Educating treatment professionals about addiction science research: Demographics of knowledge and belief changes

Kenneth A. Lawson, Richard E. Wilcox, John H. Littlefield, Keenan A. Pituch, Carlton K. Erickson

Research output: Contribution to journalArticlepeer-review

1 Scopus citations


Communication of accurate, objective, and timely scientific information to treatment professionals is important-especially in the "drug abuse" and addiction field where misinformation and a lack of exposure to new information are common. The purpose of this study was to assess knowledge and belief changes that accompanied educational workshops (3 or 6 hr-long) on addiction science targeted to treatment professionals (N = 1403) given in the United States and Puerto Rico between July 2000 and August 2001. Each workshop covered three main concepts: (1) terms and definitions; (2) basic neurochemistry of addiction; and (3) how new neurobiological knowledge will affect the treatment of addictions in the future. Analysis of variance was used to compare mean pretest to posttest change scores among levels of four independent variables: gender, age, occupation/position, and race/ethnicity. Workshop participants achieved a significant improvement in knowledge about addiction with younger groups achieving greater gains. Participants' beliefs shifted in the desired direction. Significant differences in belief shifts occurred among occupational and gender groups, but not among race/ethnicity or age groups. There was also a consistent change in the policy belief subscale that related to how strongly the audience members believed research on addiction was important. We conclude that addiction science education provided to treatment professionals can increase their knowledge and change their beliefs about the causes of addictions. In addition, the workshop participants form a base of constituents who are likely to support greater addiction research funding.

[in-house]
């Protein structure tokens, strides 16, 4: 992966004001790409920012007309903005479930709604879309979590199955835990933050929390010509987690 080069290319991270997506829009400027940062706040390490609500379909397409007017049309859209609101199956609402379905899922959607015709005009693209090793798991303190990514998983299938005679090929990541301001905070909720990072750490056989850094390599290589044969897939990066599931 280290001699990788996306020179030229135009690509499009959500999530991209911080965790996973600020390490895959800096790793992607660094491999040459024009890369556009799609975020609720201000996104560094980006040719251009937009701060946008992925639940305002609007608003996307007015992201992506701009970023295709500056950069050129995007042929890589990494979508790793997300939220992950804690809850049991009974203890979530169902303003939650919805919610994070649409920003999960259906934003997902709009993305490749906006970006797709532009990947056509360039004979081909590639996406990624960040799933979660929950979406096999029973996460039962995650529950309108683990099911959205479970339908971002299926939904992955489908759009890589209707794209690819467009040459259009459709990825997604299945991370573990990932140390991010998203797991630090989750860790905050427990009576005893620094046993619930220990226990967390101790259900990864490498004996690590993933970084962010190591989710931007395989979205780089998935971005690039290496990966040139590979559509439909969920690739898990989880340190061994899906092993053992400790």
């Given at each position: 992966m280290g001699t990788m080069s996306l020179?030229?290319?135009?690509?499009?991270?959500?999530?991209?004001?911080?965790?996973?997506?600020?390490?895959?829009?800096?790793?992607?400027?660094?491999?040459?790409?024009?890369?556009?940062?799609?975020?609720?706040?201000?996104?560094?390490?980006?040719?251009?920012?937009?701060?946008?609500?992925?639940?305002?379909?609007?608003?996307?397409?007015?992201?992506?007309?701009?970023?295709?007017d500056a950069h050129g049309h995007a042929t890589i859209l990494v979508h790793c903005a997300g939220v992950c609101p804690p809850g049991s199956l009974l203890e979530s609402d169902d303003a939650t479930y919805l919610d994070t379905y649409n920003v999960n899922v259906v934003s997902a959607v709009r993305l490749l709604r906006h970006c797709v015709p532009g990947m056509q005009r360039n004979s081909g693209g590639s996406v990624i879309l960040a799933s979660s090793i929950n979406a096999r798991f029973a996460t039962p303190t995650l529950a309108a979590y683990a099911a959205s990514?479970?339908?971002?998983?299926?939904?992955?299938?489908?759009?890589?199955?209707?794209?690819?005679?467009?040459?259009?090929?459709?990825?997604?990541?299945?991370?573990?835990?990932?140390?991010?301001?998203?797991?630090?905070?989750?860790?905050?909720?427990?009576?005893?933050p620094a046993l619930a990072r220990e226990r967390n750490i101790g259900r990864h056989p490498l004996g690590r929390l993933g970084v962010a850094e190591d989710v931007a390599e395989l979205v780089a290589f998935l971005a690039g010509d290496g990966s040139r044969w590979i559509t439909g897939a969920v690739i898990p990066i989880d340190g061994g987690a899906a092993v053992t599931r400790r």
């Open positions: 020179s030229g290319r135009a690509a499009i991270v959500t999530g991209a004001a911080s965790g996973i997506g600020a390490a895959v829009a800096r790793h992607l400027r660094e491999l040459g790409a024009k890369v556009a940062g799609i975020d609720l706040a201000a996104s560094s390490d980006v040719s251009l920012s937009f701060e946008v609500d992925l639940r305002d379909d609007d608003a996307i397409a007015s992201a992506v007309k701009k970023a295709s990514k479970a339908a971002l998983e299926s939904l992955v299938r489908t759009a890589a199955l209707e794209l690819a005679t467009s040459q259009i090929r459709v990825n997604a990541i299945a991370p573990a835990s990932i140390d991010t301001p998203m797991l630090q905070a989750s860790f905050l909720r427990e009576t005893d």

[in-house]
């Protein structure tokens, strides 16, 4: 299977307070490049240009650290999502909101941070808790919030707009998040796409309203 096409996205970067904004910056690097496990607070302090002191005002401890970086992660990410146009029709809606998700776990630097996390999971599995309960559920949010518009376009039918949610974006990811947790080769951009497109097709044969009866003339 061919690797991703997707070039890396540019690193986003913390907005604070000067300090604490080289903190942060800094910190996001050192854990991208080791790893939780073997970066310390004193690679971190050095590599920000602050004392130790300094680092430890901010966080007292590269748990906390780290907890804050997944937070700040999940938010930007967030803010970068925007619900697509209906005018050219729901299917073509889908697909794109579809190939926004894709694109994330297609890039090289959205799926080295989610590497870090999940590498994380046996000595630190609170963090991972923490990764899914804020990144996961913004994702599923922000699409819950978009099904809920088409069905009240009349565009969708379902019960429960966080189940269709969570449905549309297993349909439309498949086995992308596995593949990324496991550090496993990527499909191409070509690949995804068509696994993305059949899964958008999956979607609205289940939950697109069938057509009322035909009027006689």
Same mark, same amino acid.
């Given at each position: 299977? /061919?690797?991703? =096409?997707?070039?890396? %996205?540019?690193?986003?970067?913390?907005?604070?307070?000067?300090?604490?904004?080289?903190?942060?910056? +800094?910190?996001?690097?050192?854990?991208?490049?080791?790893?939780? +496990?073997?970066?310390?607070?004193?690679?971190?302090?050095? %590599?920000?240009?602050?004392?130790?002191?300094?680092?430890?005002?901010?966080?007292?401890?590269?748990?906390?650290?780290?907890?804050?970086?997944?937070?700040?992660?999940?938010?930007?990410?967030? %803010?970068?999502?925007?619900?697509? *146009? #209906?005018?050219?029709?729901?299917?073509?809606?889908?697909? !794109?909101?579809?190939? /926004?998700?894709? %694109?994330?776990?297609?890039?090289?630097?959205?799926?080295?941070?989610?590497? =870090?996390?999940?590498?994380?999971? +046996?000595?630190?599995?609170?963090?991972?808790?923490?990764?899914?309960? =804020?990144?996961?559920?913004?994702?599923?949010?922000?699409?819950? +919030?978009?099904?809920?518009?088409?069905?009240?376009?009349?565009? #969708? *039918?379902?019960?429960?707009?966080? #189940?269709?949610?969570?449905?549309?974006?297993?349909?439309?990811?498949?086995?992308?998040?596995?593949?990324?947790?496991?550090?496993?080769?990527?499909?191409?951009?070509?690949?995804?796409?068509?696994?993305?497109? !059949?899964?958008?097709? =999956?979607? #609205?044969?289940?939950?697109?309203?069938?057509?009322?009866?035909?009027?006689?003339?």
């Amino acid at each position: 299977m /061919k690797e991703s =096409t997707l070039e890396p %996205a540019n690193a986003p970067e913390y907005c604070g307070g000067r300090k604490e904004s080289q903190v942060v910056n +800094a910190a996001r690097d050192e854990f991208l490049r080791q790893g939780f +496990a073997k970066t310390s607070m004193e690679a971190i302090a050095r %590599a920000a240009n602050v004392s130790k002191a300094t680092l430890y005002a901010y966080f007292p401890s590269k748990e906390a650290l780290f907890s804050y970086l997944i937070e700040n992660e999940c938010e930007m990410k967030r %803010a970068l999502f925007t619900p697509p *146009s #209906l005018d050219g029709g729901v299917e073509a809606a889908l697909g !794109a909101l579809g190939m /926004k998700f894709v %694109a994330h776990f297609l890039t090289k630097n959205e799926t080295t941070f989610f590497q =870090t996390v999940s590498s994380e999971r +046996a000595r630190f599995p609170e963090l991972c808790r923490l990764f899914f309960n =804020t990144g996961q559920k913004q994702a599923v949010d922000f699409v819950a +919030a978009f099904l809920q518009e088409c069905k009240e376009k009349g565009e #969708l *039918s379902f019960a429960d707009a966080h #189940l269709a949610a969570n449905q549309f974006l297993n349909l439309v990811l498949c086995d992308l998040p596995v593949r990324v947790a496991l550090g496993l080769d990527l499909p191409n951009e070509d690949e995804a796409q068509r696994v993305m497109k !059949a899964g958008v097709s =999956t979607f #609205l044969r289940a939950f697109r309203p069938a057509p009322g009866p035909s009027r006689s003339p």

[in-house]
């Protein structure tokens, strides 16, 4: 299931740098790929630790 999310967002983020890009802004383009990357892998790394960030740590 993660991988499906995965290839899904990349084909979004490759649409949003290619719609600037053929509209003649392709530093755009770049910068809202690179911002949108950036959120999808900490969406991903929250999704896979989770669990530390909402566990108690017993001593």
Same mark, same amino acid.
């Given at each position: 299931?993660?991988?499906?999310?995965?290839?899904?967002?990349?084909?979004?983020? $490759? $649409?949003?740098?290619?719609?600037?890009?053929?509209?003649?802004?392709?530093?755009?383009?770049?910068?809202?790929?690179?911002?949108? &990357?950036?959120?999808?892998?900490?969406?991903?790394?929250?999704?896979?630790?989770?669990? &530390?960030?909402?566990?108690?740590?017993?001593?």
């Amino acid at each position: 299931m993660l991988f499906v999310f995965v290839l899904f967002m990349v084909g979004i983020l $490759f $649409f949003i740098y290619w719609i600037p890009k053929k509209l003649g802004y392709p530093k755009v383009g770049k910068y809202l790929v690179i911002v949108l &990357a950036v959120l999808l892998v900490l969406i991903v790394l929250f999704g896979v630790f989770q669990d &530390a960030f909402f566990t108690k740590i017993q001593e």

Original languageEnglish (US)
Pages (from-to)1235-1258
Number of pages24
JournalSubstance Use and Misuse
Issue number8
StatePublished - 2004
Externally publishedYes


  • "Substance abuse"
  • Addiction
  • Beliefs
  • Educational workshops
  • Knowledge

ASJC Scopus subject areas

  • Medicine (miscellaneous)
  • Health(social science)
  • Public Health, Environmental and Occupational Health
  • Psychiatry and Mental health


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